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The Harmattan is a season in the West African subcontinent, which occurs between the end of November and the middle of March. It is characterized by dry and dusty northeasterly trade wind, of the same name, which blows from the Sahara Desert over West Africa into the Gulf of Guinea. The name comes from or is related to Ga haramata. It is cold in most places, but can be hot in some places, according to the circumstances.
The Harmattan blows during the dry season, which occurs during the lowest-sun months, when the subtropical ridge of high pressure stays over the central Sahara Desert and when the low-pressure Intertropical Convergence Zone (ITCZ) stays over the Gulf of Guinea. On its passage over the Sahara, it picks up fine dust and sand particles (between 0.5 and 10 microns).
The Harmattan season differs from winter, because it is characterized by cold, dry, dust-laden wind, and also wide ﬂuctuations in the ambient temperatures of the day and night. Temperatures can easily be as low as 9 °C (48 °F) all day, but sometimes in the afternoon the temperature can also soar to as high as 30 °C (86 °F), while the relative humidity drops under 10%.
The air is particularly dry and desiccating when the Harmattan blows over the region. The Harmattan brings desert-like weather conditions: it lowers the humidity, dissipates cloud cover, prevents rainfall formation and sometimes creates big clouds of dust which can result in duststorms or sandstorms. The wind can increase fire risk and cause severe crop damage. The interaction of the Harmattan with monsoon winds can cause tornadoes.
In some countries in West Africa, the heavy amount of dust in the air can severely limit visibility and block the sun for several days, comparable to a heavy fog. This effect is known as the Harmattan haze. It costs airlines millions of dollars in cancelled and diverted flights each year. When the haze is weak, the skies are clear. The dry air can break the trunks of trees growing in the region.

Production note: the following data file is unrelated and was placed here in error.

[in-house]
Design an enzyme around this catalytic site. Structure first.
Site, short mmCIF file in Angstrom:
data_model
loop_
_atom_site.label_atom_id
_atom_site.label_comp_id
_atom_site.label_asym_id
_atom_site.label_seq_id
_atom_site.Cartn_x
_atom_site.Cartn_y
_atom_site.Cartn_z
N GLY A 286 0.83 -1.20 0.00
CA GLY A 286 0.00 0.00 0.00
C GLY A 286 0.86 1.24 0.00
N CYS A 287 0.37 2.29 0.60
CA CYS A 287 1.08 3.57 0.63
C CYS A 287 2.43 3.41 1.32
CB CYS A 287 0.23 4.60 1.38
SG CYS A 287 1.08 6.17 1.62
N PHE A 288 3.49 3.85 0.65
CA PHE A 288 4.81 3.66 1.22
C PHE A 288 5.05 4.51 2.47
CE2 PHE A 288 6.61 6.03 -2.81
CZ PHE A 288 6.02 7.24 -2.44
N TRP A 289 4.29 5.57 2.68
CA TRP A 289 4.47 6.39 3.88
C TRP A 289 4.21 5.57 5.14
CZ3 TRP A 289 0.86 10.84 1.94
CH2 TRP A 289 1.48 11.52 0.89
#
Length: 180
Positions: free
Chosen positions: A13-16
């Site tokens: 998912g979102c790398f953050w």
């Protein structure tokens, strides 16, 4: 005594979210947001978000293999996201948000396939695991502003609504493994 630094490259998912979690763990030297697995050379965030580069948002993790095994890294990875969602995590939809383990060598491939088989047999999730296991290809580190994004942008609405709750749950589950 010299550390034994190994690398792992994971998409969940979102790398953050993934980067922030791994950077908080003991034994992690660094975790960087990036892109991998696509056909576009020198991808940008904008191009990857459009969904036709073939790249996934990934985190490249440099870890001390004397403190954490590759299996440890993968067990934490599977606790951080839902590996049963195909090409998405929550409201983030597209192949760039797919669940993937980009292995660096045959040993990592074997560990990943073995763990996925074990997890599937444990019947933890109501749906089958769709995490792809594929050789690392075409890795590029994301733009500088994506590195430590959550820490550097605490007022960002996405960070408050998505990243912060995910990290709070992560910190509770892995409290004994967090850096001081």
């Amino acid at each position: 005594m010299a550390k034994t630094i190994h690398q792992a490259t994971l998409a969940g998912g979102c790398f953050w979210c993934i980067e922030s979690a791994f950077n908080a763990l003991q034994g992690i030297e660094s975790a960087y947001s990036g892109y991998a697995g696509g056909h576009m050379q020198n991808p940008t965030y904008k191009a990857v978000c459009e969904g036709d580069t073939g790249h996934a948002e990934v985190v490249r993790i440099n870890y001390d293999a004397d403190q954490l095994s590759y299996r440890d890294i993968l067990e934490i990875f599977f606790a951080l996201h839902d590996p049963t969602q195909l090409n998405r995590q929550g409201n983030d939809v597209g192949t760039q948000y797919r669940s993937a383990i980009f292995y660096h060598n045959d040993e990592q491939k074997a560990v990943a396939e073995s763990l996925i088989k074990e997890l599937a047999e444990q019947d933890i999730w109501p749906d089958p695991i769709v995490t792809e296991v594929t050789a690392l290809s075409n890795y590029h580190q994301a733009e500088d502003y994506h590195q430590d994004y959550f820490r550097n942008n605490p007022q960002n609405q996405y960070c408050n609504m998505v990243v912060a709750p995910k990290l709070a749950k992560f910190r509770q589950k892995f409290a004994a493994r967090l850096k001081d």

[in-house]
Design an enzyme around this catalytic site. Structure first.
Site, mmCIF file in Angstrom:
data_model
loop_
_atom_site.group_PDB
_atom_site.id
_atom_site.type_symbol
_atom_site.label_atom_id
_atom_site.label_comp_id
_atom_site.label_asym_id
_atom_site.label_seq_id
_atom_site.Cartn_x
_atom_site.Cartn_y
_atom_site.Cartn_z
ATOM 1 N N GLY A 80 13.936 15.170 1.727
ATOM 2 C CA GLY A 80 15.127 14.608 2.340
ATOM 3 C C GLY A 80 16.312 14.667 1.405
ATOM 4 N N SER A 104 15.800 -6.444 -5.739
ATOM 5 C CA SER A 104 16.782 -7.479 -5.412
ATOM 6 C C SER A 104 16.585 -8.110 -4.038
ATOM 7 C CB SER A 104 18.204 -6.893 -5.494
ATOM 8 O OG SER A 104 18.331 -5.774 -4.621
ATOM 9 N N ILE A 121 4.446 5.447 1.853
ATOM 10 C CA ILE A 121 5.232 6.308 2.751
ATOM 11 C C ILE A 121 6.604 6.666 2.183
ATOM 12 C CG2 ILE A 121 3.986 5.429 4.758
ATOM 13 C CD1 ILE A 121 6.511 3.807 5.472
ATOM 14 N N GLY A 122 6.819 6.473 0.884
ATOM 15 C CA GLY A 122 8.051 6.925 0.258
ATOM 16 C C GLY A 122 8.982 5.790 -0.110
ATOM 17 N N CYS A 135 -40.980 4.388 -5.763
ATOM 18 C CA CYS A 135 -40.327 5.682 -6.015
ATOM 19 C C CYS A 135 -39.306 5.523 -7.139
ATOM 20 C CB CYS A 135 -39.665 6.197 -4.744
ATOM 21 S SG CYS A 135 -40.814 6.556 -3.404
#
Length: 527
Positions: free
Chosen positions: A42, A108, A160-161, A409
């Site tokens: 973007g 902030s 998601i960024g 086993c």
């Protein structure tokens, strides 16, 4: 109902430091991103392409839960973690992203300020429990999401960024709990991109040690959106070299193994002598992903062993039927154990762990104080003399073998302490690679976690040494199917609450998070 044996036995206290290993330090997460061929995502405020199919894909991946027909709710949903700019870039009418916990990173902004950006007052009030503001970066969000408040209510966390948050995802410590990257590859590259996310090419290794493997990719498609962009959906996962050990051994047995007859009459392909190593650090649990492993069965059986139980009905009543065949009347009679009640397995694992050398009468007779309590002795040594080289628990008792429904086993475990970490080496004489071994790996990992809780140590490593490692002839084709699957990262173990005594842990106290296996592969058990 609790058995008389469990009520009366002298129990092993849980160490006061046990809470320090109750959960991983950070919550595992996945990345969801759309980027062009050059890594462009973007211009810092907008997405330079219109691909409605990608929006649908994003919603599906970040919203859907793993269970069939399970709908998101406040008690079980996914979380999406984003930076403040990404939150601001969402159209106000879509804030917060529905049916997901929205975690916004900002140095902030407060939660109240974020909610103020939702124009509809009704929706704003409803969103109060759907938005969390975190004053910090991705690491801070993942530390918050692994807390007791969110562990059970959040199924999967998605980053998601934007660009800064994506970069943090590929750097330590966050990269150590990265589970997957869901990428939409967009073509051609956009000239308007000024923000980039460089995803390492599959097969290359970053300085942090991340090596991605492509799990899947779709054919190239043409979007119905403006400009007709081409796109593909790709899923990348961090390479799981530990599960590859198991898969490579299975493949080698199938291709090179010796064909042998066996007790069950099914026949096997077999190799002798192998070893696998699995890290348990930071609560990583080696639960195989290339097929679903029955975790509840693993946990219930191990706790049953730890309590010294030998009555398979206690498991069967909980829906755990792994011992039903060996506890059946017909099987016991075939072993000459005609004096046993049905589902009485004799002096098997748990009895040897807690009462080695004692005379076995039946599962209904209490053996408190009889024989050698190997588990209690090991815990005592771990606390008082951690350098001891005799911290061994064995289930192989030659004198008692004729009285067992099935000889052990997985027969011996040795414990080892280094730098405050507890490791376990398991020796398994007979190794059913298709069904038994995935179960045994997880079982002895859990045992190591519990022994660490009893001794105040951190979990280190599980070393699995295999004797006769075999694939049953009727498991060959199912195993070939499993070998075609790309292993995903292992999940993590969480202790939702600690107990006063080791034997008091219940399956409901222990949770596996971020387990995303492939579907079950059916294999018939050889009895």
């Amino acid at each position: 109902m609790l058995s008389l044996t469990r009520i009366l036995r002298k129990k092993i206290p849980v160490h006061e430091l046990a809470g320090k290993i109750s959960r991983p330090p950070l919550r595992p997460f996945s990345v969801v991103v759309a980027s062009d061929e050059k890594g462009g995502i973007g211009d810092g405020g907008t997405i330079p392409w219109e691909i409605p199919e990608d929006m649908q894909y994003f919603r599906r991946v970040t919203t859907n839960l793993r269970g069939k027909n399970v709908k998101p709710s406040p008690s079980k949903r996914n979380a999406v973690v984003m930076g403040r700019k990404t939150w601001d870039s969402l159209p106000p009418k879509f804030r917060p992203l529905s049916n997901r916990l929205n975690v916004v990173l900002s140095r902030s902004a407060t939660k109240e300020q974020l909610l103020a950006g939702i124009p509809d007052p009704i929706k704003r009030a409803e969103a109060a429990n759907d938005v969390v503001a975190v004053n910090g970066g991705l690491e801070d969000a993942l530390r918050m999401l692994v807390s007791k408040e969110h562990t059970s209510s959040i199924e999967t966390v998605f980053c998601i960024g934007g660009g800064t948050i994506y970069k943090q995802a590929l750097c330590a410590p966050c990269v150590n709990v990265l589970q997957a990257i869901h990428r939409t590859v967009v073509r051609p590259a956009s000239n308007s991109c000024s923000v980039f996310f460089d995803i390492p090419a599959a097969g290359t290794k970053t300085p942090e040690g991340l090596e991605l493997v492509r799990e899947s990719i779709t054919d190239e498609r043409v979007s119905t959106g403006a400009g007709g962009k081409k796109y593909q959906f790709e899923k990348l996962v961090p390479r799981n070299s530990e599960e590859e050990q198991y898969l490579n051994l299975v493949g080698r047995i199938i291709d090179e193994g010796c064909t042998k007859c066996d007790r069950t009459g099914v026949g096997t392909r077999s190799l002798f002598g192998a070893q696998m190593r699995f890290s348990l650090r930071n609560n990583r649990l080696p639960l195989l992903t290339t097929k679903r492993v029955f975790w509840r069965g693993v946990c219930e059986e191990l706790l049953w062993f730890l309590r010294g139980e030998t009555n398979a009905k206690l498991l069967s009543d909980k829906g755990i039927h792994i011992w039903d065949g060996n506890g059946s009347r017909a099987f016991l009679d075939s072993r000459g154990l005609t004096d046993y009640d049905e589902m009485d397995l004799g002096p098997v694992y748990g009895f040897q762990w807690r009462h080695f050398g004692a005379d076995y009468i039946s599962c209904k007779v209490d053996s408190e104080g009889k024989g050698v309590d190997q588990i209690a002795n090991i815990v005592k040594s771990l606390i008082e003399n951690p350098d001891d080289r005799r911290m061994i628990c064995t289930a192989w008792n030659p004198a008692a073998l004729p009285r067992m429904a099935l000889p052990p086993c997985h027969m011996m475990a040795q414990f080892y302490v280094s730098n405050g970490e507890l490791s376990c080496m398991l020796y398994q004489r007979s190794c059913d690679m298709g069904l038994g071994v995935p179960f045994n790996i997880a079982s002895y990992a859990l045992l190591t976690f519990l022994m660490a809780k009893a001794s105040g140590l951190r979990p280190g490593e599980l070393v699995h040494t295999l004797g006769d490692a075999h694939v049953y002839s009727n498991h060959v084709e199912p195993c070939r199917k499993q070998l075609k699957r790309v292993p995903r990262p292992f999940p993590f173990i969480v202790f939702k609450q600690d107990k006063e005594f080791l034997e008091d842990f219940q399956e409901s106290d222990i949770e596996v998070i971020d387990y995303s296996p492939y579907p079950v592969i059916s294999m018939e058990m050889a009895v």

Humidity drops to as low as 15%, which can result in spontaneous nosebleeds for some people. Other health effects on humans may include conditions of the skin, eyes, and respiratory system, including aggravation of asthma.
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- Climate and Land Degradation (ISBN 3540724370, 2007): "At the southern fringe of the Sahara Desert, a special dry and hot wind, locally termed Harmattan, occurs."
- Geographical Review (1919): "Knox writes of this wind : The Harmattan is experienced as a wind which blows, especially in the months of December, January, and February, from the NE. and is a hot wind in some localities and a cold wind in others, according to circumstances."
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